Now about the "3:16 Game", I myself am uncomfortable with it and was posing it to move the subject away from God to one's view on the world. You (Tim) give your view, including that the meaning has been imposed from without. To demur, first there is no "hidden meaning" here---the "3:16" is overt and it's everything (D. Thomas is a side "fun" matter and I don't even mention his birthday or the three-year lapse or the 3rd-and-16 interception in private correspondence). Second, the game and stats meet criteria for "salience" that I use in judging explained here http://www.cse.buffalo.edu/~regan/chess/fidelity/Golfers.html with reference to "Littlewood's Law". It was a playoff game in Tebow's first full season as a starter; yards passing is the salient stat; many other stats do not admit a "316" association. For total possession time the issue is not "vague fitting agenda" but rather how many values have the association: 3 min. 16 sec. is an impossible value, while 30 min. 16 sec. is more stilted than 31 min. 6 sec. A single possession of 3:16 time I would, as above, not mention.
(cont'd)

KWRegan said...

(Cont'd) Your birthdate idea would be an interesting study. Did you use a 3-4, 5-6, or 7-8 digit form of your birthdate? I'm Sep. 13, 1959, so under the middle option say "13959" for me, or "91359" Yank-style. Raw odds to match this exactly are 1-in-100,000, but Benford's Law lowers that for strings beginning with lower digits, and in some cases the better odds reckoning is 1-in-365*(10 or so years). Next, are you troving for matching features or taking them randomly, and how salient are they? Troving really changes things---I can Google my numbers to find hits. My date makes a nice echo with pi, 3.14159...which is salient, not troving, yet also far from an exact match. I'd be curious to see a couple of your examples.

The philosophical implications do bother me---even more gut-level, this stuff "stands in front of the Gospels." It can equally well serve in a discussion of Nick Bostrom's "simulation argument" or of multiverse theory. But you can't ask for "signs" to be taken out of the subject---even when Thomas Jefferson took a razor to the Gospels, the man with the withered hand was still there in context, and much else that is scandalously particular. As for Elijah's BBQ, Jesus said the closest we'll come is Jonah's serving of dogfish---even Jesus' own fish fry was a limited run. That's for signs we ask for---regarding the question of ones we don't ask for, I say to stand statistical science in front and examine worldview, and allow for "gratuitous" ones that can impart direction to life. The latter may just be a reflection that supplementary random inputs currently markedly increase the power of some computational algorithms, but within randomness there's a lot of leeway, and "de-randomization" beliefs in my professional field replace it with finitistic stuff that's actually more powerful in this context.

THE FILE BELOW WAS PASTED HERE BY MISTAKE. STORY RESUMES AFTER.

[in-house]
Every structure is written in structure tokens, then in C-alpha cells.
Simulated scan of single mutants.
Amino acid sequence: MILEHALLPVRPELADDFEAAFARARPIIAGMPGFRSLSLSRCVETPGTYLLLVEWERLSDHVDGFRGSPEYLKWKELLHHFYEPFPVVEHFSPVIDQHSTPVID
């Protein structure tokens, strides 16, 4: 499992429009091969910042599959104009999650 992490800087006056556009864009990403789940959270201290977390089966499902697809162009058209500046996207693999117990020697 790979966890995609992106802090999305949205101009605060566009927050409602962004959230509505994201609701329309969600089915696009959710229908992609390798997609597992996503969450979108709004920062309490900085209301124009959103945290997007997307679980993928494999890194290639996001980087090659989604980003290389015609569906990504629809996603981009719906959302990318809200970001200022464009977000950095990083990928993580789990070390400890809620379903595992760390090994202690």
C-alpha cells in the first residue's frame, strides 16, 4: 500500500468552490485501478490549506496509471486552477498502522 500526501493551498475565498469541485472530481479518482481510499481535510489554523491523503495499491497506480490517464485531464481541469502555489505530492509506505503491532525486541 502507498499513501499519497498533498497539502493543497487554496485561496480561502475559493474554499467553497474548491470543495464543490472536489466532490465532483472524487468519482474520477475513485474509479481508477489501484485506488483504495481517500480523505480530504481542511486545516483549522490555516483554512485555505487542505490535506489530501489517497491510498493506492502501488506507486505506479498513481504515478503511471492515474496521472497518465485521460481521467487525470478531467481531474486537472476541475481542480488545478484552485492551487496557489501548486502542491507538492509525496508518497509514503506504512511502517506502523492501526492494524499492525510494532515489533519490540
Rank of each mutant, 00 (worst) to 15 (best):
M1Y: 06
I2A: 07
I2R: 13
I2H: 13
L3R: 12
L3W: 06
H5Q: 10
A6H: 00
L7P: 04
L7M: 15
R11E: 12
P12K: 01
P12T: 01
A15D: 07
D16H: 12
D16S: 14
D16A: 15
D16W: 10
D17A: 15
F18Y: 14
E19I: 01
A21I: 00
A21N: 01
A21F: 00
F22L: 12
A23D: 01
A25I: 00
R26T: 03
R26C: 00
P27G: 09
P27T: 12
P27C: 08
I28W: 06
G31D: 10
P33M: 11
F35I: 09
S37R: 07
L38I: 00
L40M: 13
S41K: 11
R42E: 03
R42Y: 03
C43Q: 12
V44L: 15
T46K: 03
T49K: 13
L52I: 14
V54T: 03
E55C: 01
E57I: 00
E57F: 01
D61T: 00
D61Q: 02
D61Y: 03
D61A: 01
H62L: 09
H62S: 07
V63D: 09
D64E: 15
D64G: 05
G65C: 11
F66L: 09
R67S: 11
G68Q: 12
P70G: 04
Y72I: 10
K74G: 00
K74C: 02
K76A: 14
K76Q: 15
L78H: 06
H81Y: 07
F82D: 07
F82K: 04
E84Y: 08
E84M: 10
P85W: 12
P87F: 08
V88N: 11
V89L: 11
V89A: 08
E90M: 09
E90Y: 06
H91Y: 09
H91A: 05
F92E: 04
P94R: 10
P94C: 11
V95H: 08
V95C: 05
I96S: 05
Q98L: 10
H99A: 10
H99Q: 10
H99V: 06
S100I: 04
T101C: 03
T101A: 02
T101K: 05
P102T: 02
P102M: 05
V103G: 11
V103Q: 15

KWRegan said...

One side matter: My first comment's point about contradictions in the boxscore relates to those in the Gospels. Even with computers we often don't get the figures right in daily sports reporting. Scribal errors in chess games bedevil my work, throwing my "Average Error" stat off by about 10% I reckon if I don't correct at least the biggest ones, and I've been pushing for an official commission to adjudicate problem cases. Note one correction here; previously the gamescore had both Queens being left in-take to the phantom Rooks on every other move.